Merkel called the White House on Wednesday, and Obama "assured" her that the U.S. "is not monitoring" her phone calls, and will not in the future.
He did not comment on past monitoring, however.
This comes after allegations that the NSA had read text messages and listened to phone calls of Mexican President Enrique Pena Nieto and recorded more than 70 million calls of French civilian phones.
Merkel said that monitoring of any kind, including targeting her phone, would be "completely unacceptable."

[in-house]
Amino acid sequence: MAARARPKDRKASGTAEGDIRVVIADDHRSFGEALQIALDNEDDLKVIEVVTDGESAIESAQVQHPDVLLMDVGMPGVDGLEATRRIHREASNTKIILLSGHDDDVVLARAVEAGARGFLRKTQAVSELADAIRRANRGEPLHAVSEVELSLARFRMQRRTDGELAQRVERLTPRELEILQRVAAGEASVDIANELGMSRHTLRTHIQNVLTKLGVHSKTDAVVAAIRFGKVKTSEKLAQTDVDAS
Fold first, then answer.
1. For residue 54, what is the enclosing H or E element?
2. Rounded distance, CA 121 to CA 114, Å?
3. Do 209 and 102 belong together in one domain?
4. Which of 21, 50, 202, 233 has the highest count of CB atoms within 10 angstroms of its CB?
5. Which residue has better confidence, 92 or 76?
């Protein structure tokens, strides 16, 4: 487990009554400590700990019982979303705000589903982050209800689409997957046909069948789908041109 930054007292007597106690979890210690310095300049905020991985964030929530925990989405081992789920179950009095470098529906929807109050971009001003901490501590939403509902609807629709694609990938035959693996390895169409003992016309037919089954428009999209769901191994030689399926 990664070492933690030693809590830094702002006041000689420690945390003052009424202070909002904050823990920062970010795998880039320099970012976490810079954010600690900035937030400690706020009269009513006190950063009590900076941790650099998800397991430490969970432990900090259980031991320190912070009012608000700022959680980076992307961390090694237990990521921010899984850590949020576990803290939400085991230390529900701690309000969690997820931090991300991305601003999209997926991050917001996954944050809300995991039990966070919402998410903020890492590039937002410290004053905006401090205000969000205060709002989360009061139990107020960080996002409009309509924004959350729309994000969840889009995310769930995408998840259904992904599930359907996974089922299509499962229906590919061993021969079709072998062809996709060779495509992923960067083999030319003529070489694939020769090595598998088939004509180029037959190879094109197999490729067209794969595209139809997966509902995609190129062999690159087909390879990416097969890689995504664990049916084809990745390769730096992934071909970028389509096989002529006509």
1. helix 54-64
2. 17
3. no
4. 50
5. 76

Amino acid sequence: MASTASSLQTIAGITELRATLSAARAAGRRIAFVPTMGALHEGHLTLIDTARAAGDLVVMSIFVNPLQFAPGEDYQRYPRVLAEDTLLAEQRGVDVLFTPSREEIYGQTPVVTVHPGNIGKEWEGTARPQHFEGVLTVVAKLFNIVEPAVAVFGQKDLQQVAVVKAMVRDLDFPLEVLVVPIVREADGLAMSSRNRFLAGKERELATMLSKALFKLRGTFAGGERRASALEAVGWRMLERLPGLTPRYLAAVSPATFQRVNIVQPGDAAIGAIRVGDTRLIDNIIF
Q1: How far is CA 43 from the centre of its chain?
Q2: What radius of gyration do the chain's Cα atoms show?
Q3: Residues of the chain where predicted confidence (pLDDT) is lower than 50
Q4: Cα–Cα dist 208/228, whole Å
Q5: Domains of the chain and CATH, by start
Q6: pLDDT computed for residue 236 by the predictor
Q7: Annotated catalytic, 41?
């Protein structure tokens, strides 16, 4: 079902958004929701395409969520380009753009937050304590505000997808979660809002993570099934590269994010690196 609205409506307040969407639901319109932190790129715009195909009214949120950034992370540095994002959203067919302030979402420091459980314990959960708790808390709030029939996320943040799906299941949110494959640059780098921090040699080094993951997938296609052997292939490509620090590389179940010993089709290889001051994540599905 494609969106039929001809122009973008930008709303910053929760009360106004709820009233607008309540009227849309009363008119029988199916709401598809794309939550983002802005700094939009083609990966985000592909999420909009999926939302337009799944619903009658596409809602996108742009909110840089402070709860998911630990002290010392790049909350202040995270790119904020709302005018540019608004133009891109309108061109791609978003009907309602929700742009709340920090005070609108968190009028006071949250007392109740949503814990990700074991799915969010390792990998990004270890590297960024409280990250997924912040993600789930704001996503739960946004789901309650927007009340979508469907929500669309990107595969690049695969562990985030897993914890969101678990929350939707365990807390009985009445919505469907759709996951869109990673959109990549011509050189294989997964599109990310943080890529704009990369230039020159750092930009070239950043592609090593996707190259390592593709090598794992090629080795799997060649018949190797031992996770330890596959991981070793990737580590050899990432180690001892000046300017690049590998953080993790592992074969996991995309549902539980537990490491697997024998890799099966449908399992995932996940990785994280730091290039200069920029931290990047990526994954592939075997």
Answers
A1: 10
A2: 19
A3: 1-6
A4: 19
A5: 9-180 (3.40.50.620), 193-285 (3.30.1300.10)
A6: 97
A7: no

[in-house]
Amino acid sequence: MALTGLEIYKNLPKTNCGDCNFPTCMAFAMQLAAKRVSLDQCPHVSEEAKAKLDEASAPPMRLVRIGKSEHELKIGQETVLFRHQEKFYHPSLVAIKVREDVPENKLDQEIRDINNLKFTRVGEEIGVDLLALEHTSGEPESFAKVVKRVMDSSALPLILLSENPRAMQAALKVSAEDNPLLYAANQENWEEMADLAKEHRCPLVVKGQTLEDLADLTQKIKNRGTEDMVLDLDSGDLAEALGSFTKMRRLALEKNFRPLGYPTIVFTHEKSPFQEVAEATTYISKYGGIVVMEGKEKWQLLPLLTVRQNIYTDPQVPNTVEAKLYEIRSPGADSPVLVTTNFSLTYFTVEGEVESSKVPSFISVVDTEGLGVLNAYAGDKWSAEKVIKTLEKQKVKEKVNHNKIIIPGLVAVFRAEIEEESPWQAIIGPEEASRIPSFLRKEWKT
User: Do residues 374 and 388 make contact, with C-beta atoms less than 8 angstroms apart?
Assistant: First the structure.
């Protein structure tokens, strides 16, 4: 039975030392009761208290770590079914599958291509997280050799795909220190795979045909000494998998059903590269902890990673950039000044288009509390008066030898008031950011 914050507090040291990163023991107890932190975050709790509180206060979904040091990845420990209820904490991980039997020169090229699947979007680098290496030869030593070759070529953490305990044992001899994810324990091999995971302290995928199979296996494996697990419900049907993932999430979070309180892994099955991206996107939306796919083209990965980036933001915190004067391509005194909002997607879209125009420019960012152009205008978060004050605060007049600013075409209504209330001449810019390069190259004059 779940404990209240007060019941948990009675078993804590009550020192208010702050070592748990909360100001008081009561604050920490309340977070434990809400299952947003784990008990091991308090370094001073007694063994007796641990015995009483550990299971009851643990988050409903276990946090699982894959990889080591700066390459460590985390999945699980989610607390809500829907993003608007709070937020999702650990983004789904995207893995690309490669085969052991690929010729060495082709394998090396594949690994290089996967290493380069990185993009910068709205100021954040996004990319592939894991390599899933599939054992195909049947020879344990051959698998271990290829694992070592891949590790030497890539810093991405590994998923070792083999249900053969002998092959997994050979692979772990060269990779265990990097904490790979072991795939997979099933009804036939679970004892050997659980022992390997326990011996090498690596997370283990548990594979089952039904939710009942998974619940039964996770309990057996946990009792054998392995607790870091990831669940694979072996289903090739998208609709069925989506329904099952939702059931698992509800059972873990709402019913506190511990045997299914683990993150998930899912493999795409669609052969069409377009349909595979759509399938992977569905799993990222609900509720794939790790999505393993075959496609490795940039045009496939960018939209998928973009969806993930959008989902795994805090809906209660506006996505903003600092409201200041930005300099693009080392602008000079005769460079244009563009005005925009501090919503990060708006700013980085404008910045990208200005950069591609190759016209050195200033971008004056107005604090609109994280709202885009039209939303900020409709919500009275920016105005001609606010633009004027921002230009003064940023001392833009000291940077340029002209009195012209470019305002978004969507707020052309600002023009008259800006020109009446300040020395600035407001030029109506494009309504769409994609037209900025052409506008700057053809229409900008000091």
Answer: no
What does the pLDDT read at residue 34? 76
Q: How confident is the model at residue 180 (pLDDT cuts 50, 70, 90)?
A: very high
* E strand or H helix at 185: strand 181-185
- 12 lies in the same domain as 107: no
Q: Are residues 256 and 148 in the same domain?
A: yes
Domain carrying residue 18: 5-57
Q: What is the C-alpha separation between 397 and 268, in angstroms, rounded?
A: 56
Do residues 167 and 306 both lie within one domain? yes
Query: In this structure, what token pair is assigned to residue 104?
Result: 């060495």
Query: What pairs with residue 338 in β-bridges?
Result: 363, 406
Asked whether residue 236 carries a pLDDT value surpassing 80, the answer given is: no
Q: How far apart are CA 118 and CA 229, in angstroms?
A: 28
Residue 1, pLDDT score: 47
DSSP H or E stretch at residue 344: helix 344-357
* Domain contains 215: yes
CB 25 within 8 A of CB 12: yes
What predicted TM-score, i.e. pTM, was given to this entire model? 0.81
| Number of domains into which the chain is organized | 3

"The United States greatly values our close cooperation with Germany on a broad range of shared security challenges," the White House said in a readout of the leaders' call.
"As the President has said, the United States is reviewing the way that we gather intelligence to ensure that we properly balance the security concerns of our citizens and allies with the privacy concerns that all people share.
"Both leaders agreed to intensify further the cooperation between our intelligence services with the goal of protecting the security of both countries and of our partners, as well as protecting the privacy of our citizens."
Notable deaths of 2014 [PHOTOS]